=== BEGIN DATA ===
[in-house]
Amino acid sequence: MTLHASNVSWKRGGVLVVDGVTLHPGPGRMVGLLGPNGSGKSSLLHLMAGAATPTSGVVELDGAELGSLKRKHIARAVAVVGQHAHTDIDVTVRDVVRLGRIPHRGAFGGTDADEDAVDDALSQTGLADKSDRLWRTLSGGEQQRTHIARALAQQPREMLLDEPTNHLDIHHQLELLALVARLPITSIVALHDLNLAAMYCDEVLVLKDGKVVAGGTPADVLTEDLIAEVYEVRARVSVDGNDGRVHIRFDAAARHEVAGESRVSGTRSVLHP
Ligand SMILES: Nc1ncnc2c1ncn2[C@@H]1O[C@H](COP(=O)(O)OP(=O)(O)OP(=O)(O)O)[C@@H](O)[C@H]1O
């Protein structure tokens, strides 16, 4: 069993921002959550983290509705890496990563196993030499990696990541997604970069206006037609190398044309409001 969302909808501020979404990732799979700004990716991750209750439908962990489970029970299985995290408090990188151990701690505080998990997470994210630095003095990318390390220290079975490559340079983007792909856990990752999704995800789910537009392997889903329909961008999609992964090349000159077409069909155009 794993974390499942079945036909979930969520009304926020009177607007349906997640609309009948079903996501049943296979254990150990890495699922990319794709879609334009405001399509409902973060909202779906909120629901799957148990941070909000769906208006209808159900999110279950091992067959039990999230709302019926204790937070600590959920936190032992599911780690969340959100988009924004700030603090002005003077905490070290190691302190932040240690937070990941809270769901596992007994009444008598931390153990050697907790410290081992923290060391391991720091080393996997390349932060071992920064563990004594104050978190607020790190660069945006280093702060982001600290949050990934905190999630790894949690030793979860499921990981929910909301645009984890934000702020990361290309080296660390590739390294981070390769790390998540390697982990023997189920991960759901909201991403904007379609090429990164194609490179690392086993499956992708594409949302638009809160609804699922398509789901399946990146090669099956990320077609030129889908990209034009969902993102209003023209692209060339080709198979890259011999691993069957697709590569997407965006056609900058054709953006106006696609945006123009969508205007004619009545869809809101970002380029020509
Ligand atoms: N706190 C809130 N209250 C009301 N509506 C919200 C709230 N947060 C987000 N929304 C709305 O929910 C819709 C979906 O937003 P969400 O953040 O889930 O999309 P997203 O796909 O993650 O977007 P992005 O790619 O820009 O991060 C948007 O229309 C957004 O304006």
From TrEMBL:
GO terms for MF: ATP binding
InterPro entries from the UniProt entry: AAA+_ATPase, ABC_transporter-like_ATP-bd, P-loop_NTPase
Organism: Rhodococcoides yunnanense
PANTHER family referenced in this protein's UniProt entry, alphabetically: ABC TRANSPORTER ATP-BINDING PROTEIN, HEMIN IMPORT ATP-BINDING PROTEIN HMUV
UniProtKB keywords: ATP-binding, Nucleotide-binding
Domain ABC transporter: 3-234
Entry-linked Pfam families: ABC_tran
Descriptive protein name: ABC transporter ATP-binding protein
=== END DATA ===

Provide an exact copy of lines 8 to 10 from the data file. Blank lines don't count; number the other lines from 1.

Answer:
InterPro entries from the UniProt entry: AAA+_ATPase, ABC_transporter-like_ATP-bd, P-loop_NTPase
Organism: Rhodococcoides yunnanense
PANTHER family referenced in this protein's UniProt entry, alphabetically: ABC TRANSPORTER ATP-BINDING PROTEIN, HEMIN IMPORT ATP-BINDING PROTEIN HMUV